The following describes elements of the stylistic rendering image processing pipeline in detail.
  • Tone-Mapping
  • [0027]
    Various operations in the stylistic rendering image processing pipeline may involve the “brightness” value of a given pixel. A general tone-mapping function may be defined as:
  • [0000]

    ƒtonemap:Rcolorspace
    Figure US20130120393A1-20130516-P00001
    R
  • [0000]
    which maps values in an N-Dimensional color space to a single grayscale value. Examples of possible color spaces include, but are not limited to, grayscale (one value), RGB (three values), RGBA (four values), and CMYK (four values). Such functions may be implemented in various embodiments, for example, via arithmetic computations, via a lookup table, or via a parametric curve such as a Hermite curve. A parametric curve may have the advantage of being easily visualized and edited by a user.
  • Feature Map(s)
  • [0028]
    In at least some embodiments, based on the tone-mapped source image (tone map 102 in FIG. 2) and/or based on the original image 100, the image processing pipeline may automatically compute one or more feature maps 104. In addition, a user may generate and input one or more feature maps 104, or one or more feature maps may be otherwise obtained or generated. Feature maps 104 may include one or more of, but are not limited to, gradient maps, difference-of-Gaussians maps, curvature maps, edge-tangent-flow maps, and maps of any other suitable image feature. In some embodiments, some feature maps 104 may include high-level semantic information, such as location and extent of facial features, including nose, mouth, eyes, eyebrows, etc. Additionally, in some embodiments, some feature maps 104 may include user-specified information, such as masks, blending weights, manual size distributions, user-entered paint strokes, or any other suitable feature map. While FIG. 2 shows feature map(s) 104 as image data such as pixel maps or bit maps, feature map(s) 104 may be provided in functional or parametric form instead of or in addition to image data in at least some embodiments.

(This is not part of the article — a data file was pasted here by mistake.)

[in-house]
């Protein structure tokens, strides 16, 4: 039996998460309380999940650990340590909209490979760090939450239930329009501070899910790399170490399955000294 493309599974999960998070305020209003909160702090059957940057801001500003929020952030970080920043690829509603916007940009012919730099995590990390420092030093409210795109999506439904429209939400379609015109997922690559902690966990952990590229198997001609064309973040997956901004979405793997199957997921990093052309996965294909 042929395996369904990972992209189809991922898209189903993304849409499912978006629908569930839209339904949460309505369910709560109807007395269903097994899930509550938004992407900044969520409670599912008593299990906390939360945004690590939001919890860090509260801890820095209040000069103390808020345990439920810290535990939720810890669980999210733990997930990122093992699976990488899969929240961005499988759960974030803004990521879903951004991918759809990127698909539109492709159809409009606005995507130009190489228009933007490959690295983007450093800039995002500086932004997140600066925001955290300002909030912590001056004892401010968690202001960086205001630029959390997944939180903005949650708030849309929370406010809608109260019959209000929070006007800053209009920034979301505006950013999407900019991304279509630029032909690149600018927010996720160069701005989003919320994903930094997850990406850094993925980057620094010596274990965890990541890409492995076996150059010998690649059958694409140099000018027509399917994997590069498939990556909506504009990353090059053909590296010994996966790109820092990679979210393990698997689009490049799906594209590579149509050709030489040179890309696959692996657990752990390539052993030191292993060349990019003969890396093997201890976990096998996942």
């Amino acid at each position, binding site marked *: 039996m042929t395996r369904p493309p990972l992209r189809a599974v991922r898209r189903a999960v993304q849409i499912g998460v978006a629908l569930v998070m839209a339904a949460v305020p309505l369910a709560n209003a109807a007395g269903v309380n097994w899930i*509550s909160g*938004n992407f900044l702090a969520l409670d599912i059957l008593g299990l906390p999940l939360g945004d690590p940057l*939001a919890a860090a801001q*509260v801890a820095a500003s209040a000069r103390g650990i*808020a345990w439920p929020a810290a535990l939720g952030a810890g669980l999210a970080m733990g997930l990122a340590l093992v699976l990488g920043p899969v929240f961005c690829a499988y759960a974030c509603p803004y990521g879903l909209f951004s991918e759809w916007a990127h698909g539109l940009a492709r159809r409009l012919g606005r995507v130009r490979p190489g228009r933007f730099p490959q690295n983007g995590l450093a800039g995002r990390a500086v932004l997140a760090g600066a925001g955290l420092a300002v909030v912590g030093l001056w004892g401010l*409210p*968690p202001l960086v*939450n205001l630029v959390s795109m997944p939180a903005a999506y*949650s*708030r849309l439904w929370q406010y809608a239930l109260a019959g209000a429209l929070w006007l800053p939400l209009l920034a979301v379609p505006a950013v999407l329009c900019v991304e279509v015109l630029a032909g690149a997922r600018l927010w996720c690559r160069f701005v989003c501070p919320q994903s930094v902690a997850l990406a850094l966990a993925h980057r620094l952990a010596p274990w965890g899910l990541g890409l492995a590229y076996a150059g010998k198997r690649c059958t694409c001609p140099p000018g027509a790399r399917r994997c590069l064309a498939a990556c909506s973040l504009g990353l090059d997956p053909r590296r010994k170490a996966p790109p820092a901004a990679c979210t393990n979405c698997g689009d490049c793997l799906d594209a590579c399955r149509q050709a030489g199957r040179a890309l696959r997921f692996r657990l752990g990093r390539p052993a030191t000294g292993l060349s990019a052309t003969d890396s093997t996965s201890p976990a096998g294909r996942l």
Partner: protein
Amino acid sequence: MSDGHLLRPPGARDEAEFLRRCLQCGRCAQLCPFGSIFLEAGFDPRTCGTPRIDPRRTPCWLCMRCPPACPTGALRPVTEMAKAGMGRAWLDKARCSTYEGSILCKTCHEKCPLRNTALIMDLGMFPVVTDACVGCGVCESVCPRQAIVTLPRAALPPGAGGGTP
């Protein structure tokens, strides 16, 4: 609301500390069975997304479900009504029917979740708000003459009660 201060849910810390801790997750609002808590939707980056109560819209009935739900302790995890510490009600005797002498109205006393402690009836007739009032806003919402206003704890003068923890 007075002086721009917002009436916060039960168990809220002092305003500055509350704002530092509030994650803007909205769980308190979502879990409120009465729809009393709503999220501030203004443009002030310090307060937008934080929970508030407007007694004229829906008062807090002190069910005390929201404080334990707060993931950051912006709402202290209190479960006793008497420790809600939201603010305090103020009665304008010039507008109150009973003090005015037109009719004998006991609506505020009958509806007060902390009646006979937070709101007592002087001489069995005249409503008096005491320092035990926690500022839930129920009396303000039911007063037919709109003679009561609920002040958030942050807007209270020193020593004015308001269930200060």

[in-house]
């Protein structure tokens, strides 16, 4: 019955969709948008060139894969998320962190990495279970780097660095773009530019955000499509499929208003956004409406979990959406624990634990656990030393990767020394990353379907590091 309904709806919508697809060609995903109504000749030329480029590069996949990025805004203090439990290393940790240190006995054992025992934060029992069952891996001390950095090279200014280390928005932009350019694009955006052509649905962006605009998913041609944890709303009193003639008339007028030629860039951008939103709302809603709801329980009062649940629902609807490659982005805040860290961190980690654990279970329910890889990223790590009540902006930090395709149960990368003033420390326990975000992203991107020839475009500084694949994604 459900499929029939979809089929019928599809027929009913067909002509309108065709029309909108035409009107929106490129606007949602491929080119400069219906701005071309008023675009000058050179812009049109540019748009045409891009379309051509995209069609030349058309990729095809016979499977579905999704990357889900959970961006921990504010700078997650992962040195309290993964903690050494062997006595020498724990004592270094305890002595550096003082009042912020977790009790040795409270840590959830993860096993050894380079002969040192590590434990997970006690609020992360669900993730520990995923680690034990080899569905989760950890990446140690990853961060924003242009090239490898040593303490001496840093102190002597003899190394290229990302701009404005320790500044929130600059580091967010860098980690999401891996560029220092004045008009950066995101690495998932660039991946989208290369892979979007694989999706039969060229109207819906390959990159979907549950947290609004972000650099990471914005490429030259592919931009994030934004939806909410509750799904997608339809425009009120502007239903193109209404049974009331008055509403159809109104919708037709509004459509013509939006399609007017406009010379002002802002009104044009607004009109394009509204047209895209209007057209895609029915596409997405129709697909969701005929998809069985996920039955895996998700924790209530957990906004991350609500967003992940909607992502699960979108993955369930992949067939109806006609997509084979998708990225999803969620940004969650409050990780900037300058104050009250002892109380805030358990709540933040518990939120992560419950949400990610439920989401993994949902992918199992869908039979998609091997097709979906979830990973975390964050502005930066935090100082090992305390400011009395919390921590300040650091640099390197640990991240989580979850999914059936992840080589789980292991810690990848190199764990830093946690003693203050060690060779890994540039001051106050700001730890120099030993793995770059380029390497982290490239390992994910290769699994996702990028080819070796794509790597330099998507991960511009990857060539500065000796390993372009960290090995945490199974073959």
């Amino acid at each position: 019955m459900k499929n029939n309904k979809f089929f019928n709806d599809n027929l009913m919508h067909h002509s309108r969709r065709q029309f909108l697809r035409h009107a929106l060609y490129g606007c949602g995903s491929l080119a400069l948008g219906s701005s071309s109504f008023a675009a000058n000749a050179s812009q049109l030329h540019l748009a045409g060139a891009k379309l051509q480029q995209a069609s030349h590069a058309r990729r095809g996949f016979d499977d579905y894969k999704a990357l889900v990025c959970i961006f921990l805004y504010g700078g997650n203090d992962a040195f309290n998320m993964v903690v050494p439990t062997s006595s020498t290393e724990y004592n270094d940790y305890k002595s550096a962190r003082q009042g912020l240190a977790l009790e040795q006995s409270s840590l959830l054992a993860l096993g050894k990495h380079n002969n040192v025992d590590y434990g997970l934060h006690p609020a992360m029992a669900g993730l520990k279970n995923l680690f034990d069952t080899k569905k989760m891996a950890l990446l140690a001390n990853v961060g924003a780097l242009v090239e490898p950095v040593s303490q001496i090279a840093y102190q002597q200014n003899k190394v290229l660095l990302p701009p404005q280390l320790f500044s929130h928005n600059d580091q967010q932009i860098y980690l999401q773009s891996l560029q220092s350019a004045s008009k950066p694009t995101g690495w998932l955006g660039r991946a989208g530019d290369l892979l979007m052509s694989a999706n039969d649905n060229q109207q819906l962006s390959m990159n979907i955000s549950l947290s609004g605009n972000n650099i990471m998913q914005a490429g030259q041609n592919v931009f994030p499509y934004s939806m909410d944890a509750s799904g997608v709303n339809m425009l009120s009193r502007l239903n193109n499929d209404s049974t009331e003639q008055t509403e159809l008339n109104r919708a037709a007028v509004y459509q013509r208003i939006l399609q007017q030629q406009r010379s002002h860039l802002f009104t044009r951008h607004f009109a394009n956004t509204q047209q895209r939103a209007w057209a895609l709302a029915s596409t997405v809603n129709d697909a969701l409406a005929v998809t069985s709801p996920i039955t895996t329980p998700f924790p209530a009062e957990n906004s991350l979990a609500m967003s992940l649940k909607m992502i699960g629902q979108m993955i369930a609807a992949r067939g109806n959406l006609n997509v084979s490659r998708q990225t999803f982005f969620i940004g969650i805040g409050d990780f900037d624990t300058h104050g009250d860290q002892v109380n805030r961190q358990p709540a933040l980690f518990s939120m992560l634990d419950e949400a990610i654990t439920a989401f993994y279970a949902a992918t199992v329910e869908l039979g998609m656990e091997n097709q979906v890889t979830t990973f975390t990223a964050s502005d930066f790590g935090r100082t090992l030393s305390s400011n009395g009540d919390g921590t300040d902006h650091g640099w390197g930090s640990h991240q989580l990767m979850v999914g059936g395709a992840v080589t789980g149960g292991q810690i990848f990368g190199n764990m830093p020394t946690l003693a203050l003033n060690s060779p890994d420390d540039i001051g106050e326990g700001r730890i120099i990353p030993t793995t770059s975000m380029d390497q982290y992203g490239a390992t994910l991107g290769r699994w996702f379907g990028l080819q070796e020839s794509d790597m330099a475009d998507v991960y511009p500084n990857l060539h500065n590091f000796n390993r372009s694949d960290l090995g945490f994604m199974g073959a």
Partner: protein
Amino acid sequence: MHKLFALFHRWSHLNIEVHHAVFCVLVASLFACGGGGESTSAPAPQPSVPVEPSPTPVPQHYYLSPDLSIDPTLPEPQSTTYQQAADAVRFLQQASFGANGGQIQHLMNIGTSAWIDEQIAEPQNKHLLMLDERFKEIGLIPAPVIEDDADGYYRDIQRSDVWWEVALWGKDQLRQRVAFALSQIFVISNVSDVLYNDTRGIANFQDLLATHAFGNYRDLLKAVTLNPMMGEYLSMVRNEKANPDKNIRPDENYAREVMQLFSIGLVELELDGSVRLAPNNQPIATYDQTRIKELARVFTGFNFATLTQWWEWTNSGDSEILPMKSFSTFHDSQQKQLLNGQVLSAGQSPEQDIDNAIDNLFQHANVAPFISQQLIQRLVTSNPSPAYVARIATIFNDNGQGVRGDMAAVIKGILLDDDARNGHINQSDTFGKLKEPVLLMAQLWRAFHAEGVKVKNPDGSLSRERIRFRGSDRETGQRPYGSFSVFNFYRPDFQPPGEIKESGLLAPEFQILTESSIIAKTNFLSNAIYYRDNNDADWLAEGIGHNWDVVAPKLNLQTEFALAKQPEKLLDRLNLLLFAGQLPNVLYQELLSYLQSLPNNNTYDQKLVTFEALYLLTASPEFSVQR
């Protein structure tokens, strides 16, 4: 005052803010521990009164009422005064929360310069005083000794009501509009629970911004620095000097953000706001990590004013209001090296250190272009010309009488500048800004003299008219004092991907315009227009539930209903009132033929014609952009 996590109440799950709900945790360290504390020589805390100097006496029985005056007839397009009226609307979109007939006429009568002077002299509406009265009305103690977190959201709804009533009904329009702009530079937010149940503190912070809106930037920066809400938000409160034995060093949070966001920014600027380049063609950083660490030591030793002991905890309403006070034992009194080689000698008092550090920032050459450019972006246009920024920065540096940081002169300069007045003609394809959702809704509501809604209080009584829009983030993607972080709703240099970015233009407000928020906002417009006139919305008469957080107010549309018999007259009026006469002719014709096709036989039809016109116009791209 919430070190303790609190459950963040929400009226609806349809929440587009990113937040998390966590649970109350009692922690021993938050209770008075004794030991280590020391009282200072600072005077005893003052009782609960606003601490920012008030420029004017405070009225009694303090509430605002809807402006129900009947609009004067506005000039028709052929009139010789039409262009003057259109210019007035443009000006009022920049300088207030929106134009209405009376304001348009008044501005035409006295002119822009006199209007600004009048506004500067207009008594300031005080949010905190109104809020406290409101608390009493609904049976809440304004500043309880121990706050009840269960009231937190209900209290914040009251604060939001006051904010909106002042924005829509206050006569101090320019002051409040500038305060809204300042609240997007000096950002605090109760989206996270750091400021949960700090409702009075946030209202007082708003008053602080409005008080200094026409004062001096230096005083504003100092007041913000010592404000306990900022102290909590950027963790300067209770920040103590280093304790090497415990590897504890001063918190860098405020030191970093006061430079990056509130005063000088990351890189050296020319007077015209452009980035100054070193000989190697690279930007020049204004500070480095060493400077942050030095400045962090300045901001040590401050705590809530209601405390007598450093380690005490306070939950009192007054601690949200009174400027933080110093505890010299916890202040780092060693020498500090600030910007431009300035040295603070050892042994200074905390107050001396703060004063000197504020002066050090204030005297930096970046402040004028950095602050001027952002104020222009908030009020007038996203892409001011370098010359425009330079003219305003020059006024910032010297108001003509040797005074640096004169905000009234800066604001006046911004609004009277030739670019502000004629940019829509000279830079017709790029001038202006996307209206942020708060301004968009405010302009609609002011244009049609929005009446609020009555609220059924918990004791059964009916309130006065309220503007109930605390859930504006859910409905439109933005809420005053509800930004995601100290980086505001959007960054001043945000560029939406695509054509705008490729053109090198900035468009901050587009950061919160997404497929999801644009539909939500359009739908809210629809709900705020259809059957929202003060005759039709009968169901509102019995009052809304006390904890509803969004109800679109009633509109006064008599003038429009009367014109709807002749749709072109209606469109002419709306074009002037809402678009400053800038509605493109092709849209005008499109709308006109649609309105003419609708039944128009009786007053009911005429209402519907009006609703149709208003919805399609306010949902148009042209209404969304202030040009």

• [0029]
    While FIG. 2 shows, and this document generally describes, tone map 102 and edge map 106 separately from feature maps 104, it is to be noted that tone map 102 and edge map 106 may be considered as special cases of feature maps 104. Generally defined, a feature map 104 is a structure that represents information related to an image of the scene that may be used in the pipeline to produce a stylized representation of the scene. A feature map 104 may be derived from the image of the scene or otherwise obtained. Feature maps 104 may be manually and/or automatically generated from the input image, from other feature maps, or from a combination of the input image and feature maps or a combination of feature maps. In addition, feature maps 104 may be otherwise obtained, for example as input from the user such as a sketch. As noted above, a feature map 104 may be in the form of digital image data such as pixel maps or bit maps or may be provided in functional or parametric form. Examples of image features that may be represented by feature maps include, but are not limited to tonal features (e.g., the tone map), edge features (e.g., the edge map), flow features (a flow map), masks, gradients, difference-of-Gaussians, curvature, weights, distributions and edge-tangent-flow.